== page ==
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Health-Care Costs Increasing for Americans

By Columns FOXBusiness

Gas prices are up. Food prices are up. Unemployment is up. And now you can add health-care costs to that list.

According to the Milliman Medical Index, health-care costs have more than doubled for American families since 2002.

The index qualifies health-care costs as those that come out of an employee's pocket, like insurance premiums, co-pays, deductibles and co-insurance payments. The costs under the most common form of employer-sponsored health insurance have climbed to more than $8,000 this year.

Compare that to a family of four paying only 36 hundred dollars nine years ago. That comes out to an additional $84 a week, just for health care. Employers do still pay most of the total health care costs for families, but that portion has reached an all time low of only around 60%.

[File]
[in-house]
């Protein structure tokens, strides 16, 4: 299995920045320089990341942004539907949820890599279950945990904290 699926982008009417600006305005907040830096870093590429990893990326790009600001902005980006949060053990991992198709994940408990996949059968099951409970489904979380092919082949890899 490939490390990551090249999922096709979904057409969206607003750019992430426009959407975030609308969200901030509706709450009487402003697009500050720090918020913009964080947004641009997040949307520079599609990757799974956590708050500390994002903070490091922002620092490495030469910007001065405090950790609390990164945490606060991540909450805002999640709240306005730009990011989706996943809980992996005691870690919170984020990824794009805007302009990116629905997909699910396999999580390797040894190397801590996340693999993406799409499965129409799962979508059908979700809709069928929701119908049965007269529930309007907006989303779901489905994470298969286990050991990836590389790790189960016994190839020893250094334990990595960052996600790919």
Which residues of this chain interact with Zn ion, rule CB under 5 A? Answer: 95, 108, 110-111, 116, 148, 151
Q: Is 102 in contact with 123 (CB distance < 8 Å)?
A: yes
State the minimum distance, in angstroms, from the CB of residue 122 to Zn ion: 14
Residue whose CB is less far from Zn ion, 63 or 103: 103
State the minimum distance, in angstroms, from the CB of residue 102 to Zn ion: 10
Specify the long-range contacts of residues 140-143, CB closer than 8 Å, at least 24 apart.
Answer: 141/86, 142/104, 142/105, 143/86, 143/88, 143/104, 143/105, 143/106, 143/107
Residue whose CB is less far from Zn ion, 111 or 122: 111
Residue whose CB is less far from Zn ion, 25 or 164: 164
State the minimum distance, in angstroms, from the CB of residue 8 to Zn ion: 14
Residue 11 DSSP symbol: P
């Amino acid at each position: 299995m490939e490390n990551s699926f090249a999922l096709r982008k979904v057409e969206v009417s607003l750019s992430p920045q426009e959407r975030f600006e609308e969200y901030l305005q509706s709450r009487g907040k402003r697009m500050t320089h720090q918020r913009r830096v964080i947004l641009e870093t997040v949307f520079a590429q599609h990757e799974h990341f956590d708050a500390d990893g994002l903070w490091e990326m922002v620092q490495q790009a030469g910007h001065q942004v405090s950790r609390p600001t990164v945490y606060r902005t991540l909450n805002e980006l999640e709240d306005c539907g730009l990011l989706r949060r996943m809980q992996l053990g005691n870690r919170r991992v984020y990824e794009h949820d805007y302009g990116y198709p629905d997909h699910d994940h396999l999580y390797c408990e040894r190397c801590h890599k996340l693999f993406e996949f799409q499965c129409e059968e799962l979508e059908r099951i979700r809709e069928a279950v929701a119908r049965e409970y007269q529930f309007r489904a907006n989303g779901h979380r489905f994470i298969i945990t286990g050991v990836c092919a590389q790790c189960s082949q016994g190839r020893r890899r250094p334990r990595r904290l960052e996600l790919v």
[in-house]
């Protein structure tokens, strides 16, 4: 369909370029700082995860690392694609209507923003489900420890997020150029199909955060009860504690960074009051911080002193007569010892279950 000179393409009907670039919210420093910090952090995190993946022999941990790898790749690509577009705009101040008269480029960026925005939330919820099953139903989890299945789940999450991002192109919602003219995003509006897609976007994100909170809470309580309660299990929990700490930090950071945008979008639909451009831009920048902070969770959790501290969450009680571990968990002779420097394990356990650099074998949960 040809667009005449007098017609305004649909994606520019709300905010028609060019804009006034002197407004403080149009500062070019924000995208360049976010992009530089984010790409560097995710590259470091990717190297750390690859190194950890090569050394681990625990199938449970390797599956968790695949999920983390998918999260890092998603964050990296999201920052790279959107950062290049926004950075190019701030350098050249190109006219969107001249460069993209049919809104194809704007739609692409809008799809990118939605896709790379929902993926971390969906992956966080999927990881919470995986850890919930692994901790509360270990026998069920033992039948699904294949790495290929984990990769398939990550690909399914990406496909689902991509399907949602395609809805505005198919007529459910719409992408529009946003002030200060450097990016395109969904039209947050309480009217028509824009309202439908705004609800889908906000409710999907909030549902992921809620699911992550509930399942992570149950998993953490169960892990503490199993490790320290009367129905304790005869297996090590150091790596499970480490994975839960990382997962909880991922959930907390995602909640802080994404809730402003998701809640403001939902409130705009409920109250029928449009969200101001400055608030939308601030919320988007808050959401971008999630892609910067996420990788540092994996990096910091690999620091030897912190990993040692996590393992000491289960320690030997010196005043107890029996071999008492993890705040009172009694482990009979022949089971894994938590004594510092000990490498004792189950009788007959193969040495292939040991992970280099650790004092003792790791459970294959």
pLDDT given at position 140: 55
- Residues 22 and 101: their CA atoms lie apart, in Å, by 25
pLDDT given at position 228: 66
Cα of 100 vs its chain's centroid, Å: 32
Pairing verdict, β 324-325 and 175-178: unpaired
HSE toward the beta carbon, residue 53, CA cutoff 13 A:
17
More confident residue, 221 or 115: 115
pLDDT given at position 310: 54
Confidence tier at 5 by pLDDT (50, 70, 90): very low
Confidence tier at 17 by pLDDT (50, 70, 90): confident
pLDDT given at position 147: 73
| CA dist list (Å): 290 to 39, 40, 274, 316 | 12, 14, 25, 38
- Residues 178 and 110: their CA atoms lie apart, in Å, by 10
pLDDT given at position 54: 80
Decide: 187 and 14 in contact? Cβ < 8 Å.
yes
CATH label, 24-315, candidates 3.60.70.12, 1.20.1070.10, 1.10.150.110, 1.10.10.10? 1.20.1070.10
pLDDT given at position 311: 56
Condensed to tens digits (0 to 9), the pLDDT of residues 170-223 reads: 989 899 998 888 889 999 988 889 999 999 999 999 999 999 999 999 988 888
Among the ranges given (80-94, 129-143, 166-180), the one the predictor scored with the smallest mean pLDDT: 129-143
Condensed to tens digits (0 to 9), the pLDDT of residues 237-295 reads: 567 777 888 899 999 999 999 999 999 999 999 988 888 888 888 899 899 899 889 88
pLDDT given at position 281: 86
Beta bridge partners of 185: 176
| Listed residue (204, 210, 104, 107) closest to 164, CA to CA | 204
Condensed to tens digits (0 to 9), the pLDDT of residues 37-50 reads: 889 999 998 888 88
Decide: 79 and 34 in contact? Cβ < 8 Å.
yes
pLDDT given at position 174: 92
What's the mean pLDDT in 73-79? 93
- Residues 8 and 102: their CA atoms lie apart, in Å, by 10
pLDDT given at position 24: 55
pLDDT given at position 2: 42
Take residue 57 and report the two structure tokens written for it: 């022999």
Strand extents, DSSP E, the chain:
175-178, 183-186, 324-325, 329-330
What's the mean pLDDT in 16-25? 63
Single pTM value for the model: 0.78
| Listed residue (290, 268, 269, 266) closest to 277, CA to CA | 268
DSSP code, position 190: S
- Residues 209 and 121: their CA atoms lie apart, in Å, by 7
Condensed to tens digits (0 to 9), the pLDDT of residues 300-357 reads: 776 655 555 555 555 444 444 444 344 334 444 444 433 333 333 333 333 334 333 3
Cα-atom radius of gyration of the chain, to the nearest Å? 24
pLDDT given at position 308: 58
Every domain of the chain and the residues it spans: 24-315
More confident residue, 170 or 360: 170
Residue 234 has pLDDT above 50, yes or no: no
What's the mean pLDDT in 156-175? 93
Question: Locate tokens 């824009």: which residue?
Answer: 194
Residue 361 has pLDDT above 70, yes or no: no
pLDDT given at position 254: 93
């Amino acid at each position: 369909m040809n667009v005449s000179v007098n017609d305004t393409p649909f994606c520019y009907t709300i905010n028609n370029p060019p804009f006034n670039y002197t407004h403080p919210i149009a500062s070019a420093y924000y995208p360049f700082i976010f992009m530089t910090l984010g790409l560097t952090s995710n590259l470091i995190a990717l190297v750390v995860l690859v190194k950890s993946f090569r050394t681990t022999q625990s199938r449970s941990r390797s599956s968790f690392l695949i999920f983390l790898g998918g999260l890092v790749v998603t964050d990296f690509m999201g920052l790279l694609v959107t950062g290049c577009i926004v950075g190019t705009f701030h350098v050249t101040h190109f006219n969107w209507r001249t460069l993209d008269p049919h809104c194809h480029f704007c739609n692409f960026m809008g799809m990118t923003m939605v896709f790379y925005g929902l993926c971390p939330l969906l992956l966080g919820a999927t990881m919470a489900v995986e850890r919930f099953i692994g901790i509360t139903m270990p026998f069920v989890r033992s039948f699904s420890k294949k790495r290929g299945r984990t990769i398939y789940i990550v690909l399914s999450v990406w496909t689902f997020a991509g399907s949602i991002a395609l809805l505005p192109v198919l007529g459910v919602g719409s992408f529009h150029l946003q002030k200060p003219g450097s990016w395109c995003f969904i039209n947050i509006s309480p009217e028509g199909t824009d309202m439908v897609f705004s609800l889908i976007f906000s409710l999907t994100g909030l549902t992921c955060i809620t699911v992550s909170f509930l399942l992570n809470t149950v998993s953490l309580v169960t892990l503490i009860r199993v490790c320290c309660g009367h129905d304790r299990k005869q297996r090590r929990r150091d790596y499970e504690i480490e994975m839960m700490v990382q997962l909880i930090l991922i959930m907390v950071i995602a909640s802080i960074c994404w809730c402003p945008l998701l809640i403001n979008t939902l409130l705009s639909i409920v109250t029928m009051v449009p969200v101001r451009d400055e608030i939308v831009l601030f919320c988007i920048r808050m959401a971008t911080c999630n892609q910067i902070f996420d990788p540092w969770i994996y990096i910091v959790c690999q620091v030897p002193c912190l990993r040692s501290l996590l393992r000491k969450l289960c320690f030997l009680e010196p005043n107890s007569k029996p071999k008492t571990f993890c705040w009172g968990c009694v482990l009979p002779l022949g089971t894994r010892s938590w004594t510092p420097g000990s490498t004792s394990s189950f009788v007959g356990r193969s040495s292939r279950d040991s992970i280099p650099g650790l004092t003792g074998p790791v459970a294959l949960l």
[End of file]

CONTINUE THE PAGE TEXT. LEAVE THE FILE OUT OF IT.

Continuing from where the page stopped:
Counting employers' contributions, this year's total health- care costs for a family of four skyrocketed to more than $19,000 a year - up more than $10,000 since 2002.

In just one year those costs ballooned up 7%.

While the rise in health-care costs is slower this year than in recent years they are still rising much higher than costs in other consumer areas. And things could certainly get even worse - since Obamacare had virtually no impact on costs for this year - as it's still being rolled out.

We can't keep piling more rising costs onto the American families. This is absolutely the wrong time to kick off such a massive entitlement program as Obamacare.

We need to make things better, not worse.

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